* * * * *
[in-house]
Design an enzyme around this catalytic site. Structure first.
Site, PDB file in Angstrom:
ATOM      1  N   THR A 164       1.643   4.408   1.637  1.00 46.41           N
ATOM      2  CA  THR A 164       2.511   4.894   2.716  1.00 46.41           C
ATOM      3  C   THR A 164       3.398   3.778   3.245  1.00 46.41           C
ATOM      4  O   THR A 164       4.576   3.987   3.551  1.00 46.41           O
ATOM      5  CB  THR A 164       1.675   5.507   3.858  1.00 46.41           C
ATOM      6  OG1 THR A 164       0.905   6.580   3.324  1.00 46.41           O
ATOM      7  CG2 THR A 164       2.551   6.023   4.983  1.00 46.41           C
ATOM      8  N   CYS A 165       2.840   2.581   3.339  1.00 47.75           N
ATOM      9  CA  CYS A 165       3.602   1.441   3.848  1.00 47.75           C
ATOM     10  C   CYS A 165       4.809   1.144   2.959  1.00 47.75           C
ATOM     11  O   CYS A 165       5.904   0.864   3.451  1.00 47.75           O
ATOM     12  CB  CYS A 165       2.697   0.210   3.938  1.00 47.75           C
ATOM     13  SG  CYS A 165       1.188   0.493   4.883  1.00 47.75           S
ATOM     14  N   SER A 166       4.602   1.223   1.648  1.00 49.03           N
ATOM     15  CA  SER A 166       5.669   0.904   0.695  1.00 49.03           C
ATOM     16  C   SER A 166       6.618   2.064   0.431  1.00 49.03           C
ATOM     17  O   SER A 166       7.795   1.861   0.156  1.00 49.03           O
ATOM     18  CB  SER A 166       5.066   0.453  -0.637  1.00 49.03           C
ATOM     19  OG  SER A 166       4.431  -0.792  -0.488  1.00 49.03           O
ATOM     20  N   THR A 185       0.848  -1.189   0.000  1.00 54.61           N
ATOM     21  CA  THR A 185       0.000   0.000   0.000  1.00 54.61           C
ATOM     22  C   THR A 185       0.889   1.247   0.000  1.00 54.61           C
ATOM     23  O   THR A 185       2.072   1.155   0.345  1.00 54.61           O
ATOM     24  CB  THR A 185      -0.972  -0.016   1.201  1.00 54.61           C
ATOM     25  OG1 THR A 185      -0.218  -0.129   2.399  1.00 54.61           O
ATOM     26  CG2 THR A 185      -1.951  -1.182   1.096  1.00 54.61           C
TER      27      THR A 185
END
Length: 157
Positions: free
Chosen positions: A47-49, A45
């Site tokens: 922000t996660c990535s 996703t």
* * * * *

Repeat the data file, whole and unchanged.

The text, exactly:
[in-house]
Design an enzyme around this catalytic site. Structure first.
Site, PDB file in Angstrom:
ATOM      1  N   THR A 164       1.643   4.408   1.637  1.00 46.41           N
ATOM      2  CA  THR A 164       2.511   4.894   2.716  1.00 46.41           C
ATOM      3  C   THR A 164       3.398   3.778   3.245  1.00 46.41           C
ATOM      4  O   THR A 164       4.576   3.987   3.551  1.00 46.41           O
ATOM      5  CB  THR A 164       1.675   5.507   3.858  1.00 46.41           C
ATOM      6  OG1 THR A 164       0.905   6.580   3.324  1.00 46.41           O
ATOM      7  CG2 THR A 164       2.551   6.023   4.983  1.00 46.41           C
ATOM      8  N   CYS A 165       2.840   2.581   3.339  1.00 47.75           N
ATOM      9  CA  CYS A 165       3.602   1.441   3.848  1.00 47.75           C
ATOM     10  C   CYS A 165       4.809   1.144   2.959  1.00 47.75           C
ATOM     11  O   CYS A 165       5.904   0.864   3.451  1.00 47.75           O
ATOM     12  CB  CYS A 165       2.697   0.210   3.938  1.00 47.75           C
ATOM     13  SG  CYS A 165       1.188   0.493   4.883  1.00 47.75           S
ATOM     14  N   SER A 166       4.602   1.223   1.648  1.00 49.03           N
ATOM     15  CA  SER A 166       5.669   0.904   0.695  1.00 49.03           C
ATOM     16  C   SER A 166       6.618   2.064   0.431  1.00 49.03           C
ATOM     17  O   SER A 166       7.795   1.861   0.156  1.00 49.03           O
ATOM     18  CB  SER A 166       5.066   0.453  -0.637  1.00 49.03           C
ATOM     19  OG  SER A 166       4.431  -0.792  -0.488  1.00 49.03           O
ATOM     20  N   THR A 185       0.848  -1.189   0.000  1.00 54.61           N
ATOM     21  CA  THR A 185       0.000   0.000   0.000  1.00 54.61           C
ATOM     22  C   THR A 185       0.889   1.247   0.000  1.00 54.61           C
ATOM     23  O   THR A 185       2.072   1.155   0.345  1.00 54.61           O
ATOM     24  CB  THR A 185      -0.972  -0.016   1.201  1.00 54.61           C
ATOM     25  OG1 THR A 185      -0.218  -0.129   2.399  1.00 54.61           O
ATOM     26  CG2 THR A 185      -1.951  -1.182   1.096  1.00 54.61           C
TER      27      THR A 185
END
Length: 157
Positions: free
Chosen positions: A47-49, A45
């Site tokens: 922000t996660c990535s 996703t």